diamond geezer

 Thursday, February 07, 2013

If something's going to drag you to the seaside in February, that something might be art. That and a £10 return rail ticket, courtesy of Mary Portas (available weekends only until the end of the month). It certainly won't be the weather. Margate on Sunday was the very definition of bracing, the sandy beach empty apart from a few stalwart families and dogwalkers [photo]. In not many amusement arcades on the seafront, not many teens were amused [photo]. A few shoppers hung around doorways in the High Street, where nobody yet seems sure what to do with the old Woolworths [photo]. In the Old Town a handful of visitors frequented the handful of boutiques and cafes that had bothered to open up for trading. But on the foreshore by the Harbour Arm, providing respite from the elements, the galleries at the Turner Contemporary were really rather busy.

Carl Andre: Mass & Matter
Turner Contemporary, Margate

(1 February - 6 May 2013)

You may not know his name, but you'll know one of his works. That pile of bricks the Tate exhibited in the 70s, that was one of Andre's. Its official name was Equivalent VIII, Carl's eighth attempt at showing how 120 firebricks could be arranged as a cuboid. This controversial piece isn't here in Margate, more's the pity, but a small selection of his other work fills an upper gallery. Don't expect curves, Carl prefers straight lines, repetition and flatness. One of his tiled metal pavements (with the alluring title 4×25 Altstadt Rectangle) can be walked across, but the other two are stashed in the corner and watched over by beady staff. A few artworks break out from the horizontal, for example a pile of large cedar blocks stacked carefully like the start of a game of Jenga. The closest approximation to "those bricks" is a set of triangular tiles laid out to form a prism, sharp point upwards, named 60 x 1 Range Work. You could knock this together yourself in your garage after a quick trip to Wickes, if the fancy took you, the difference being that Andre got there first and called it art. Meanwhile around the walls are several examples of Carl's poetry, if you can call words typed in patterns on typewriters poetry. These were produced in the late 1960s, when manual keybashing was the extent of home-based word-processing, so some of the rows and columns contain mistypes and overtypes it was impossible to delete. Clever, in places, but elsewhere little more than I might have created myself as a child. If you think you might walk out mumbling "well that wasn't proper, was it?", perhaps best not come specially.

On the seafront, between the Jubilee Clock and the station, once stood the entrance to Dreamland [photo]. When this was Margate's entertainment hub, these coastal acres were packed with rides including the Water Chute, the Cableway, the Haunted Swing and the Meteorite. At its heart was the Scenic Railway, a glorious wooden rollercoaster built in 1920, and until five years ago the oldest surviving working coaster in Britain. Alas a suspicious fire damaged it severely, and what remains now stands alone in the centre of nothing much [photo]. For those of us who remember the glory days and rode the undulating beast, it's a very sorry sight. Thankfully, even surprisingly, there are grand plans to bring Dreamland back. The project's being backed by local cash, national funding and lottery money, and there are hopes that Stage 1 will reopen as early as next year [photo]. That means the refurbishment of the park entrance via the Dreamland Cinema building, the restoration of the Scenic Railway (hurrah) and the installation of a number of other rides, as well as a touch of landscaping to brighten the whole place up. 2014 seems an impossible deadline while peering across a temporary car park at an expanse of featureless tarmac, but what a gamechanger for the local tourist economy if everything takes off. As the rise of the Turner Contemporary shows, dreams can come true.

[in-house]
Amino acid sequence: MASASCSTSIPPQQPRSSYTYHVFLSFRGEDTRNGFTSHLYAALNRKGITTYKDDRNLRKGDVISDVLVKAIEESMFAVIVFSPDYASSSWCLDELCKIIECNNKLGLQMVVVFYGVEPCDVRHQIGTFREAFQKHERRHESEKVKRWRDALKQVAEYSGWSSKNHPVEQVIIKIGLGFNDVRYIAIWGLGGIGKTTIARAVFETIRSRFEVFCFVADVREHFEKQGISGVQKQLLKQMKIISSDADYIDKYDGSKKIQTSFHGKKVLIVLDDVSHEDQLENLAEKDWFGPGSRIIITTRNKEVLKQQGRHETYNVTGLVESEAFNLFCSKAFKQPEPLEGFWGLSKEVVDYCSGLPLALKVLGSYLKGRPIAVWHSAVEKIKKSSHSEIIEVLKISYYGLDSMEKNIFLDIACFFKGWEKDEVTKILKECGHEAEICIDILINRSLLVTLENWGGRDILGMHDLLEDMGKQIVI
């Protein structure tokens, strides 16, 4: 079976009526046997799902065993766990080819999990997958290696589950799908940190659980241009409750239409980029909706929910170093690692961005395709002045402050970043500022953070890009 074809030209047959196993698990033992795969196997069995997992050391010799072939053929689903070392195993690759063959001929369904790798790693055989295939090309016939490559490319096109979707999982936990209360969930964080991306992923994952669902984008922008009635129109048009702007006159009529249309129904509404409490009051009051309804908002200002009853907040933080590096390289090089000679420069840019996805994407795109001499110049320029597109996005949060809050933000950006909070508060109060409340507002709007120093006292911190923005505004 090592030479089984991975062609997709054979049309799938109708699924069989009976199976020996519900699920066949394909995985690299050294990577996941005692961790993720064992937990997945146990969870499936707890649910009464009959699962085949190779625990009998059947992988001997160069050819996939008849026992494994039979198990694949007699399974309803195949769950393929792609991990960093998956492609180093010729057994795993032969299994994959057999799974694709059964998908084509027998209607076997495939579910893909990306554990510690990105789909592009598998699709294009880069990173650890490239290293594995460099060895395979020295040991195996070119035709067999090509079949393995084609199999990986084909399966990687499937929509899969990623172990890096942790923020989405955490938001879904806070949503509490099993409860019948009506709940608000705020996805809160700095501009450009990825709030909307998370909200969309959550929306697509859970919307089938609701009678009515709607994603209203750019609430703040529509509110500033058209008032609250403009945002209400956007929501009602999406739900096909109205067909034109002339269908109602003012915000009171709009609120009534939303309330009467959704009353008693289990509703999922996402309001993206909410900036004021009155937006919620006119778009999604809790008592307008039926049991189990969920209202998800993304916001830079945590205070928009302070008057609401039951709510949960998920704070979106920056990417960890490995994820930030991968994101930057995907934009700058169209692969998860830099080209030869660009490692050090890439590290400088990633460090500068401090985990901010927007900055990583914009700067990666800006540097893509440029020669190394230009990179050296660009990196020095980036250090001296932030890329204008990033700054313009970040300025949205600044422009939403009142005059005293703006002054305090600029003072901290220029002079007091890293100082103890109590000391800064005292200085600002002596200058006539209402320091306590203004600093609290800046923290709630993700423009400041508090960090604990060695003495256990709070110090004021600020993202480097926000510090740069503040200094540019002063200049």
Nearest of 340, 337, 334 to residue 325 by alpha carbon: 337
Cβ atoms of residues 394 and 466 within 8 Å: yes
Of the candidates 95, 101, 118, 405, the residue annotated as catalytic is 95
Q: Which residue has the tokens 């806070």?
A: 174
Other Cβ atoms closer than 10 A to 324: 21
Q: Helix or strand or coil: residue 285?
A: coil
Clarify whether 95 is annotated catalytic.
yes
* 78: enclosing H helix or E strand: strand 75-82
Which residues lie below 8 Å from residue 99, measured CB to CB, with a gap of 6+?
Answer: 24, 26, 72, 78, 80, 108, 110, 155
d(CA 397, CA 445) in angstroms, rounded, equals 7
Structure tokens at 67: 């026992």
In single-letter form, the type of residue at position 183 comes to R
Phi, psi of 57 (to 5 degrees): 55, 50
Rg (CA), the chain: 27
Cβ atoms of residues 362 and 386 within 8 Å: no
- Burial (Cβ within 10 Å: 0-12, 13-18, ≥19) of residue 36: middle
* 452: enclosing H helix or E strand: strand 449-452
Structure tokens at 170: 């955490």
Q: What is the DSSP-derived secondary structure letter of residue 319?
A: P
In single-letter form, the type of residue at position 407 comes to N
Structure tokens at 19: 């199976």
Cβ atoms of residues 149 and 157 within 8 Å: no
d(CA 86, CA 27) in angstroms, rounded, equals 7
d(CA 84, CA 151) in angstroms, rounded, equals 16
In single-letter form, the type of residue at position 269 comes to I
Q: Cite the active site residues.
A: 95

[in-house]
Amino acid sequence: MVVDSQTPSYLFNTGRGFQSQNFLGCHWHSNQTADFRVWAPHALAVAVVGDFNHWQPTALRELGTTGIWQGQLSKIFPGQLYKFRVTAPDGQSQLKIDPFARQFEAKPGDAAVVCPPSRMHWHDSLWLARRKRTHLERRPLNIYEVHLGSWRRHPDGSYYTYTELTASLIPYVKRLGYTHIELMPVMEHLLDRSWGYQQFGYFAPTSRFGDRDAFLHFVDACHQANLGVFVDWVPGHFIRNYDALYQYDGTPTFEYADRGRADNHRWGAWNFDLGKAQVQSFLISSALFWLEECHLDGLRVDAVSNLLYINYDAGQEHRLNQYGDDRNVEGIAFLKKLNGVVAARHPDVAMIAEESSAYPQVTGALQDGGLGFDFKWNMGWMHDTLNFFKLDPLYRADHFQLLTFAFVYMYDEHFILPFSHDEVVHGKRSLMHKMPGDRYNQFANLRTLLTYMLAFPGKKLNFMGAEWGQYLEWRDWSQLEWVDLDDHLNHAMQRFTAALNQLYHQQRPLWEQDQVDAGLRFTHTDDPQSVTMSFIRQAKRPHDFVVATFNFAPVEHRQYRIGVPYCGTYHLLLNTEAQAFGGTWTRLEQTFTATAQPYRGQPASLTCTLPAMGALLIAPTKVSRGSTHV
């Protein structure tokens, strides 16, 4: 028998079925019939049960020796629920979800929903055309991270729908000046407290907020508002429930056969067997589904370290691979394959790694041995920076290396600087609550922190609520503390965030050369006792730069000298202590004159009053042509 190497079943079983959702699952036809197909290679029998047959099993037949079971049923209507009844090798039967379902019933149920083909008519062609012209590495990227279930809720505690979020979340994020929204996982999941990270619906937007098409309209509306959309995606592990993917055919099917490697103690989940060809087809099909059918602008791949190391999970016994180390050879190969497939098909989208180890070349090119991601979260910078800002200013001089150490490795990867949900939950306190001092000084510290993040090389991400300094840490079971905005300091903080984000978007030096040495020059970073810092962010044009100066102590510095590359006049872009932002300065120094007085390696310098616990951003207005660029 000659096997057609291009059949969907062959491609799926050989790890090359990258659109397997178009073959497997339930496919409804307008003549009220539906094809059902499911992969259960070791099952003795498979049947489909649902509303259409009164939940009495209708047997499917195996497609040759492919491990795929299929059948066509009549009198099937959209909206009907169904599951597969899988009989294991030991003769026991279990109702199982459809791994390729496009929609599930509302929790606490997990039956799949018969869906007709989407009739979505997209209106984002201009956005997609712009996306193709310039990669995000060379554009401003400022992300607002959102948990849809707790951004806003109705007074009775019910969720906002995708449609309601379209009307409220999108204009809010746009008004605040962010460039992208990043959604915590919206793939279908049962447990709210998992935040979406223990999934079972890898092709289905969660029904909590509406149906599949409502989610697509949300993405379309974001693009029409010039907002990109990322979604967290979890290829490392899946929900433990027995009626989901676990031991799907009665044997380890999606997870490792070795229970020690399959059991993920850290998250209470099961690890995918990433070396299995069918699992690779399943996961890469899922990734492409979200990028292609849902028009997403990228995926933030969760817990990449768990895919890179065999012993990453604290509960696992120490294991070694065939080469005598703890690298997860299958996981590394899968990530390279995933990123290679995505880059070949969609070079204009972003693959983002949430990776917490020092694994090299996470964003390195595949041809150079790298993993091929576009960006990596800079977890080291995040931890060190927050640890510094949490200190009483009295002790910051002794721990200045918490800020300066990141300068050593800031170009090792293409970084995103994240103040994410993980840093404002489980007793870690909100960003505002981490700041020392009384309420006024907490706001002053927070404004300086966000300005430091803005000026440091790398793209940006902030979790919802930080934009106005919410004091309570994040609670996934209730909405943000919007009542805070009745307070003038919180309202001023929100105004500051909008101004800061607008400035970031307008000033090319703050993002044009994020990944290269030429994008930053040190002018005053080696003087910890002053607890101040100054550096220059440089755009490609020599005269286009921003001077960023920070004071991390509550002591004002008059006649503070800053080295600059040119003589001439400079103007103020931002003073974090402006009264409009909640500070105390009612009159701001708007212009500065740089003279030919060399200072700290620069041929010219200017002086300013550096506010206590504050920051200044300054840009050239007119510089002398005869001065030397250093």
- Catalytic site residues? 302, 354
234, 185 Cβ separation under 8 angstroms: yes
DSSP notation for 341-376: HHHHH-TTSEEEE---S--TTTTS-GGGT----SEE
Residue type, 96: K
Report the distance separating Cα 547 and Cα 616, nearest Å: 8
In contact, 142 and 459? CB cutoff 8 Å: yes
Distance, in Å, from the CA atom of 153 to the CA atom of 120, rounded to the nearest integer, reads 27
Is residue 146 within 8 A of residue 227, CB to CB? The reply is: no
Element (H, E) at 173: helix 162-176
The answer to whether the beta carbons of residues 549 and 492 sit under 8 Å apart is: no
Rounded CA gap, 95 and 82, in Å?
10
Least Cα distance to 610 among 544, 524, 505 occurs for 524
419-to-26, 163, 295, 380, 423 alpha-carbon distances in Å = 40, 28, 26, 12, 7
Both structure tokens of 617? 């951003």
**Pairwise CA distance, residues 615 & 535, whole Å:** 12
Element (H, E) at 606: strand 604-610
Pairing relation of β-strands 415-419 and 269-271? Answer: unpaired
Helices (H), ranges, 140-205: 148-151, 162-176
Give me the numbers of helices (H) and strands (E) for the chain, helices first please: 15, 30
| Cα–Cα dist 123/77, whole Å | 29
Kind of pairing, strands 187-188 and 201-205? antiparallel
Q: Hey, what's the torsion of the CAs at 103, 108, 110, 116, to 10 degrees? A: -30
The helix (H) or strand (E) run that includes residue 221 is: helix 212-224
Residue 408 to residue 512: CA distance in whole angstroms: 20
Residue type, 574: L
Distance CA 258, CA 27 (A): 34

Subject to Constant Change
Turner Contemporary, Margate

(1 February - 6 May 2013)

You're probably not familiar with this Italian-German visual artist either. Rosa likes to toy with the nature of cinema, more particularly "the physical characteristics of film and the structure of cinematic narrative." She's refitted a series of film projectors to spool celluloid in twisting shapes, perhaps nudging large ball bearings on a can, perhaps projecting individually typed letters onto a glass screen. Entire paragraphs of text have been punched out of long strips of felt, projecting their meaning in light on the wall beyond. Two dozen horizontal strips of handwritten celluloid rotate slowly in the gallery nextdoor, although once I'd spotted the misspelling of "dissappear" halfway down I couldn't concentrate on much else. The centrepiece of Rosa's display is a ten minute film of coastal and industrial decay, entitled Subconscious Society. This features aerial shots of snaking saltmarsh and footage shot in and around the Maunsell Forts off the North Kent coast, so I was transfixed. Only afterwards however, when I read the exhibition blurb, did I realise I'd actually been watching "the end of the industrial age in favour of an age of technology". Meanwhile, along the upper corridor, Rosa has curated an entirely different exhibition comprising several of JMW Turner's perspective drawings. These were used as part of a series of lectures at the Royal Academy in the 1830s where Turner was a Professor of Perspective - a job to treasure. Joseph's painted spheres and coloured triangles were only visual aids, but could easily be modern art, and make a surprisingly cohesive presentation.